«He was so supportive and he helped us every step of the way. We could always talk to him and he was so open-minded. His advice and his drive is the only thing that is pushing me to keep this list [party] going and hope for something better for the students,» Khoudabandehlou said.
No to boycotting
Another core point in their election platform is academic freedom. Earlier this year the Student Parliament voted to boycott Israel, but shortly right after did a turnaround and decided not to boycott. In their platform it stands that «as a principle, Internationalista stands against boycotts aimed against specific countries.» They support strengthening the Student Parliaments action plan that prevent UiO from contributing to breaches of international law or war crimes and to show solidarity with students in conflict areas.
Why doesn’t Internationalista support a boycott of states?
«We live in a world that’s already torn against so many different laws. Boycotting a country is difficult because a country is led by people higher up. Boycotting a whole country means that you are targeting students and civilians who have literally done nothing to you,» Khoudabendehlou said.
She adds that Internationalista does not wish to restrict people from coming to the university.
You have also said that you support academic freedom and that the university should not contribute to breaches of war crimes. But it’s also a fact that countries like Israel are committing war crimes.
«There is no country that is not committing war crimes. In the war that keeps going on right now between Syria, there is absolutely no one that can put their hands up and say I have not sold weapons or I haven’t done any evil,» Khoudabendelouh said.
«We are against boycotts and bans in general. Putting people in boxes and banning them is not good,» Alsin said.
«But we are not saying that war crimes are okay,» Khodabandehlou underlined.
«We just believe in academic freedom. You are not supposed to target students as they are the ones who will be able to change the future,» she said.
Increased visa fees
There’s also been questions as to why Internationalista doesn’t not have international fees as a core point. Why is that?
«More information in English is something we can fight at the university level. The same with internationalization, fighting for an English bachelor is not impossible you just have to have the right conversations with the right people but fixing the international fees requires that we have to speak with Stortinget. We are completely against these absurd student fees that they put for international students,» Khodabandehlou said.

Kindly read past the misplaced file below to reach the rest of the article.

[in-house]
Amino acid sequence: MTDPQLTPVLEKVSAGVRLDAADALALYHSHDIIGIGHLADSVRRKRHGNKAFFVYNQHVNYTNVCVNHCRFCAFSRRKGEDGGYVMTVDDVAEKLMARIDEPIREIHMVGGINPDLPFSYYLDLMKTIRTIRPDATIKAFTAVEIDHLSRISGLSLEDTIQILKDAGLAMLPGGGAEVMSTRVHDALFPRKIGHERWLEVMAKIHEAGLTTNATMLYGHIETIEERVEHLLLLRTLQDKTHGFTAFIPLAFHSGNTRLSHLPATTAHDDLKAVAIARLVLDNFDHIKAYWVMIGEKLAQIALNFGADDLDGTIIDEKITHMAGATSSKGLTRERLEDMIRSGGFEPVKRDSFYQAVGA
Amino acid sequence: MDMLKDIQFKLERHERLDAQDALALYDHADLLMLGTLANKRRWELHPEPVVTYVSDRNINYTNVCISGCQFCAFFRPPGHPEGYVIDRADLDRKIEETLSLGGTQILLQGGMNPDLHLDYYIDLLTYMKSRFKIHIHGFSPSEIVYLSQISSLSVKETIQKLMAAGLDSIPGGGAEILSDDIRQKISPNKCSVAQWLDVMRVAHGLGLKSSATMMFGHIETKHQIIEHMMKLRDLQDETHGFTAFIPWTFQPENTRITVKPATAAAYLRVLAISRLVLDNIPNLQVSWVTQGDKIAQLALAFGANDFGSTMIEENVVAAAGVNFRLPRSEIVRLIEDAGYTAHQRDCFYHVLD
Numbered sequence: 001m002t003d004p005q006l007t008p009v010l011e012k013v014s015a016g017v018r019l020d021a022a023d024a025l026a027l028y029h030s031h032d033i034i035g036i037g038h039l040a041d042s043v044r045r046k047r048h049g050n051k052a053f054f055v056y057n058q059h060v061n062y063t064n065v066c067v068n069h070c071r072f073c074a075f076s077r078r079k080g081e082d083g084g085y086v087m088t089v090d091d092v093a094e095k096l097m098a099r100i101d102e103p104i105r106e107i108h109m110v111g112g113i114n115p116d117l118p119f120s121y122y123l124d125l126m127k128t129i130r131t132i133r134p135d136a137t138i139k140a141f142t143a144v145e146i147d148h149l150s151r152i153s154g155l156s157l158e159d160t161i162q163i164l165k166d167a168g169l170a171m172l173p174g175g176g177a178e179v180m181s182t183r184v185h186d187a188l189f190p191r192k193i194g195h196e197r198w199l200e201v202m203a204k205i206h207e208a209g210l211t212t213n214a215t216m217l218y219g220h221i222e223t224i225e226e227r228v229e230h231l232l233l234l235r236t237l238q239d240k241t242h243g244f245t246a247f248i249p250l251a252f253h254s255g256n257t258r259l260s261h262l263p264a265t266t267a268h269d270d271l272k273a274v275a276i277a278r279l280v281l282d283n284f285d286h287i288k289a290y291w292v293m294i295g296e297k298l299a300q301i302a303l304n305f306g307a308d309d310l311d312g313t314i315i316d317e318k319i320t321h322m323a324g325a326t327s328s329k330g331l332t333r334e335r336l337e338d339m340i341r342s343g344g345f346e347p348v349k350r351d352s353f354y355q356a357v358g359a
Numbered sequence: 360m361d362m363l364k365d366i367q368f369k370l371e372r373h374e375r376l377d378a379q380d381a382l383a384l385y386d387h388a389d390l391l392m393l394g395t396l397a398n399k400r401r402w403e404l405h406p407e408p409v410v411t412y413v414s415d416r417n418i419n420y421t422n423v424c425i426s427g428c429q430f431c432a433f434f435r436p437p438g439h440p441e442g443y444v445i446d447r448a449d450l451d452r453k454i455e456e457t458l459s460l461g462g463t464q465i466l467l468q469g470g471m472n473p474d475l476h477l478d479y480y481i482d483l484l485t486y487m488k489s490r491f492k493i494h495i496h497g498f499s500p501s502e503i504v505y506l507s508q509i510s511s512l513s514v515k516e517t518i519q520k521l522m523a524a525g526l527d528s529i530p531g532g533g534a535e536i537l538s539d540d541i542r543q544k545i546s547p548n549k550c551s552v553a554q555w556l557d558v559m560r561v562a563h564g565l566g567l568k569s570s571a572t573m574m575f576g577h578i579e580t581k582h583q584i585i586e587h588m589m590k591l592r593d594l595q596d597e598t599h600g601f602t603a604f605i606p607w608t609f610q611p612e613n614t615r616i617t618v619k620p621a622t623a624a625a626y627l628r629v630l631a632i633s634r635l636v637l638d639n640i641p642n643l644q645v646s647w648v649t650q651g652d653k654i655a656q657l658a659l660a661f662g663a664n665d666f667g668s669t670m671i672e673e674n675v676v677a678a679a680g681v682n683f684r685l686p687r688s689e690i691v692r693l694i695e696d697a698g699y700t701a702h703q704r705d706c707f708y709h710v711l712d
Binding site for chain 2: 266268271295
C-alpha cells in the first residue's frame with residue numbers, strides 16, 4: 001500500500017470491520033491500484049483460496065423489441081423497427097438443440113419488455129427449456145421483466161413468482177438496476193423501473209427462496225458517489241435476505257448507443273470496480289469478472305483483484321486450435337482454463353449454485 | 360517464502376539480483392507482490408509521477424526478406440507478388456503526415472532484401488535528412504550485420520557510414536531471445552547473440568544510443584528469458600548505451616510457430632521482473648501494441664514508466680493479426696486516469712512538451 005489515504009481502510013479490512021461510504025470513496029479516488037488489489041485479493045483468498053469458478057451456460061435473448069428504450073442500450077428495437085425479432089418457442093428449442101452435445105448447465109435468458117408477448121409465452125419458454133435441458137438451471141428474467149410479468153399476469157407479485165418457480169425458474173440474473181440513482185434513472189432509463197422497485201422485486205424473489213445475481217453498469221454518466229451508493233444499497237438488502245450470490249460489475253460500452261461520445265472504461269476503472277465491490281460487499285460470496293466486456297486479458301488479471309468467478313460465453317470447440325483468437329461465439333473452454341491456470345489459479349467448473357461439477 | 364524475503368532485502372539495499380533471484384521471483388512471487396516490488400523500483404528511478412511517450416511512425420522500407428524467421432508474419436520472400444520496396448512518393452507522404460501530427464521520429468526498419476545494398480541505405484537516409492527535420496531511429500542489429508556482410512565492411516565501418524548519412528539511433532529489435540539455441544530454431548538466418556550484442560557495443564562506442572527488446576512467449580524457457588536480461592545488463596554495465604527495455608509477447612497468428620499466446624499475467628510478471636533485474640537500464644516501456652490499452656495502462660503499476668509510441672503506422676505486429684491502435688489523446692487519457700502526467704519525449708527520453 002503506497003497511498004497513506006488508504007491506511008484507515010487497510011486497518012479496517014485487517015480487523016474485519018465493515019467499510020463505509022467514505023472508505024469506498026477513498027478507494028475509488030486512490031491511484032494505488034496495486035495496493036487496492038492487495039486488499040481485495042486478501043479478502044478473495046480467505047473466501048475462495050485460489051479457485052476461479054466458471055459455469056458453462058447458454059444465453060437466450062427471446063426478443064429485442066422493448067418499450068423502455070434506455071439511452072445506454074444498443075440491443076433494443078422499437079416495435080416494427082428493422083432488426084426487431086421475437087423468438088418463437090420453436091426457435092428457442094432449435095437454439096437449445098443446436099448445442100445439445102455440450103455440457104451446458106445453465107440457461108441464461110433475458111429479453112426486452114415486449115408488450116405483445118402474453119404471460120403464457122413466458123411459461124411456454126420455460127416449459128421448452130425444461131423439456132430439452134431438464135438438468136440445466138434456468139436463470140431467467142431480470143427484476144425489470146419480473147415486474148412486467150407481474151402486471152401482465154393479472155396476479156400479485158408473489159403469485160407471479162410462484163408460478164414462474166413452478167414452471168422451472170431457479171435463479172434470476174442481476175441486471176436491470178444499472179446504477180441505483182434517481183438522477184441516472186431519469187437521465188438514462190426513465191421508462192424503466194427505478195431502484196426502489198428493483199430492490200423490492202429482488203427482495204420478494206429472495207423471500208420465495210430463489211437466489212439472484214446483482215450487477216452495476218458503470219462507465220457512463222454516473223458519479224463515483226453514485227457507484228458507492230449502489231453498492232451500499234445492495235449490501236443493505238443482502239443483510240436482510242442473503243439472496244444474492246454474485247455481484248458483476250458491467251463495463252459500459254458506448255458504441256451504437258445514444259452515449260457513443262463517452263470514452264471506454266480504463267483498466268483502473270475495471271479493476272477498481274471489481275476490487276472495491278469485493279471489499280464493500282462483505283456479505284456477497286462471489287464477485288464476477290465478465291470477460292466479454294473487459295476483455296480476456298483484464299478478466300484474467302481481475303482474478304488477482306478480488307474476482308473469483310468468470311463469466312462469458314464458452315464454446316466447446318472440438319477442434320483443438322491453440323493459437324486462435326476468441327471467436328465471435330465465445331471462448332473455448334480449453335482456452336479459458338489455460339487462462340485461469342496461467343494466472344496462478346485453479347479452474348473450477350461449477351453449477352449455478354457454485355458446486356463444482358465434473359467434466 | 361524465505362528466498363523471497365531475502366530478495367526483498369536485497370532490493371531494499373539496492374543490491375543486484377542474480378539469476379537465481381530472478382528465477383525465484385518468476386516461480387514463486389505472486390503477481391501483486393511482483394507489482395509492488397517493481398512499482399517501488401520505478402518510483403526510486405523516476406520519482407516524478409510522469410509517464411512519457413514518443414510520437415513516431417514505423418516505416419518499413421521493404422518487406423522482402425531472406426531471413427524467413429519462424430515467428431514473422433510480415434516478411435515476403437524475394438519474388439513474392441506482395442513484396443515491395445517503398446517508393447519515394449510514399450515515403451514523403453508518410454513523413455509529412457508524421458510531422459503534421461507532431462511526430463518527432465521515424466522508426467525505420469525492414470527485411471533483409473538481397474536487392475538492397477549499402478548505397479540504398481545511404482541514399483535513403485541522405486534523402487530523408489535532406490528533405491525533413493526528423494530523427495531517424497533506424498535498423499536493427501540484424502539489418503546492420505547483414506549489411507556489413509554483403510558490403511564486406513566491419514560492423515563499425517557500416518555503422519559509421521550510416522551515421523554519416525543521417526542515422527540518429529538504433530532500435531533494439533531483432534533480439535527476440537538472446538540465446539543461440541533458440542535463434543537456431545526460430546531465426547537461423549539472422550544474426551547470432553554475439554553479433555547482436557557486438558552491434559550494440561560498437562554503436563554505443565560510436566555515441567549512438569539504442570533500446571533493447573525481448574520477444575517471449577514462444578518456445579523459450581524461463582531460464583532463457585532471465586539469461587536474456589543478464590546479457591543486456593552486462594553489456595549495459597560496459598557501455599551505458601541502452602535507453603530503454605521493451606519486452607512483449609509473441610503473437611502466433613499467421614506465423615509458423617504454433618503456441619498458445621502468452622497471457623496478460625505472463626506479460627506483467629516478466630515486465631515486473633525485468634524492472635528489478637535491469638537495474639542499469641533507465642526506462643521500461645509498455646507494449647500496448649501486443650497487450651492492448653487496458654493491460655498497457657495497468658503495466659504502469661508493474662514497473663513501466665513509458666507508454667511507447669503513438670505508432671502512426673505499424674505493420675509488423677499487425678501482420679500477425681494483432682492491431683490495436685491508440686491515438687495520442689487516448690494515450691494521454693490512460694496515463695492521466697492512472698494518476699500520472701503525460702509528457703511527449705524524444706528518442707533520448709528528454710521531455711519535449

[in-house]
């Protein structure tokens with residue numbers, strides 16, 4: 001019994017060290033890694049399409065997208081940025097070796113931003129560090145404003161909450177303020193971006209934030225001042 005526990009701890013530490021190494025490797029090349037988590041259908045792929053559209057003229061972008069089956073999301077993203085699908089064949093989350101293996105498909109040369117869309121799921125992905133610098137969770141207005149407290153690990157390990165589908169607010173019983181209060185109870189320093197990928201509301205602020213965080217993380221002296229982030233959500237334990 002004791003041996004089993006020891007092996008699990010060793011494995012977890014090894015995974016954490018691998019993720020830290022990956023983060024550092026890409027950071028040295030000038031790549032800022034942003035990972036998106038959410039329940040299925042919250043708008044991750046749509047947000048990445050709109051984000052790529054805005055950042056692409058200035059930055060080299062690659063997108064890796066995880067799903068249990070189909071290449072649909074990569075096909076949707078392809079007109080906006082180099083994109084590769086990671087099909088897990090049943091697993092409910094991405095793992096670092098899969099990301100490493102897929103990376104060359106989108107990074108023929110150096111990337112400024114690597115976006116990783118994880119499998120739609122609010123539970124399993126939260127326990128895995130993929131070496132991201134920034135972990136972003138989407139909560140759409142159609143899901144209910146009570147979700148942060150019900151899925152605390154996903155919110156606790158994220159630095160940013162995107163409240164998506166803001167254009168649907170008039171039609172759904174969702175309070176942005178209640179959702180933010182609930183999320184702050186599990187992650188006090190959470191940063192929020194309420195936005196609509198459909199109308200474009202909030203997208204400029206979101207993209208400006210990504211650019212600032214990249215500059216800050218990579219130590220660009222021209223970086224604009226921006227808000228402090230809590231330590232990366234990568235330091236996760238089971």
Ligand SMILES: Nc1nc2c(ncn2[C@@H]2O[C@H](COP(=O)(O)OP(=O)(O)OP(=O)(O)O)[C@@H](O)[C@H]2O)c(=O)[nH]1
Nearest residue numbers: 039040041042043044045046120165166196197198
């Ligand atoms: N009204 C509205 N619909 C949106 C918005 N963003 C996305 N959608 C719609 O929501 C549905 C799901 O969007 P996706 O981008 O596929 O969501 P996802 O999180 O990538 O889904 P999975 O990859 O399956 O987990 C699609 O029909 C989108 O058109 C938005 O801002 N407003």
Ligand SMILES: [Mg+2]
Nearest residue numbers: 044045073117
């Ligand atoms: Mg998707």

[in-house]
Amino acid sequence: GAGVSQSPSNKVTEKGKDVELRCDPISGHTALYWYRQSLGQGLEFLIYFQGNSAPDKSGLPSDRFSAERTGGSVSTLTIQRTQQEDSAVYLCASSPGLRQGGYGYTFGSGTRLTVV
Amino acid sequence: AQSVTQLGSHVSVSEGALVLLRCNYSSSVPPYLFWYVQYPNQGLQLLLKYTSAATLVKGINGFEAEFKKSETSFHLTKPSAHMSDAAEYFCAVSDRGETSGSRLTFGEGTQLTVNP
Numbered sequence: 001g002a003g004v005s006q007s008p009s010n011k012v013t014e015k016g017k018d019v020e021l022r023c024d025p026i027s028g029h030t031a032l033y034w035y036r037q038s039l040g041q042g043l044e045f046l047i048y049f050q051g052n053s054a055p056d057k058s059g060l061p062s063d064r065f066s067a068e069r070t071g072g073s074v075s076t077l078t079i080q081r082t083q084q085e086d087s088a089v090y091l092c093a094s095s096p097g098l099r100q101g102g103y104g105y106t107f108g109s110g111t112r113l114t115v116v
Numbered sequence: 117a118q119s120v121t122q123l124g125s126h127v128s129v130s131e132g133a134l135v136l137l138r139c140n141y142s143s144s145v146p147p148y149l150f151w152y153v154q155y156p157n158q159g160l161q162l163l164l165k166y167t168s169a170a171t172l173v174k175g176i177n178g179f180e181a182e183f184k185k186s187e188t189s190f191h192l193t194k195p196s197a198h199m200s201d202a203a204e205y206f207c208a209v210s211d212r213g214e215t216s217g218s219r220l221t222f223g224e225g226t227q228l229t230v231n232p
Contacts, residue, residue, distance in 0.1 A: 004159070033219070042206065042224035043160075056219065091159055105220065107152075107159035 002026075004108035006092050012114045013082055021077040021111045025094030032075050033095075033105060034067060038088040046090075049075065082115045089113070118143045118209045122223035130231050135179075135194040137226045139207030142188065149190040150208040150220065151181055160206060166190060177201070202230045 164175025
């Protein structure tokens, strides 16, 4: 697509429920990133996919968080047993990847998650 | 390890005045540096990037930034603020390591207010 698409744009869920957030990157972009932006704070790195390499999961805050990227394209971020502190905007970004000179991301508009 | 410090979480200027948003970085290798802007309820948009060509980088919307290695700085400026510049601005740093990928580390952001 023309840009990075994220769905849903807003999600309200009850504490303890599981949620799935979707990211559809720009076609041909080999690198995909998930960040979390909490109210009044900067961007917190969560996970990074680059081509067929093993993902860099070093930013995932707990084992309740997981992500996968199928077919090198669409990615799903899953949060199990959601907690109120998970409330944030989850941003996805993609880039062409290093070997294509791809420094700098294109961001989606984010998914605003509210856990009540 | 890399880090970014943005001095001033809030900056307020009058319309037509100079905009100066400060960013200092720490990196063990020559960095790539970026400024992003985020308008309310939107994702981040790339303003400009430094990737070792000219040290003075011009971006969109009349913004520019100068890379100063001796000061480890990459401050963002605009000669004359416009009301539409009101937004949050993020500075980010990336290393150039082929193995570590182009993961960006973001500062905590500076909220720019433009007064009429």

«We believe in free education and that’s what the university promise to their students and yet the international students don’t see that and they have to pay a price,» Alsin said.
Khodabandehlou says Internationalista does not wish to put points they feel they will not be able to achieve.
«It’s like lying to the students. It is something that I will fight for, but putting it as a core point to get people to actually trust me and to vote for me, so I could fulfill that promise is ridiculous because I don’t have the confidence in actually doing it. It needs me and the Student Parliament to talk with the higher ups and to fight with the university to reduce the fees. But it is something that I feel is very difficult,» she said.
«A step into the future»
As the interview comes to an end, Khodabandehlou informs us that she has to leave for work. But not without answering one last question.
What motivates you?
«I am very motivated into getting an English bachelor into the university. I think it’s going to make a huge difference. It’s going to make this university a whole new place. Even if it’s a small bachelor, I will feel so satisfied with the effort we have put in. It will just be a huge step into the future. It’s going to be a new turn for the universities in Norway,» Khodabandehlou said.
«I would say growth and a sense of achievement. Setting goals and achieving them and that’s what I want for UiO as well. I want us to grow and do better internationally as well, and also get a better reputation. It will gain [for] everybody,» Alsin said.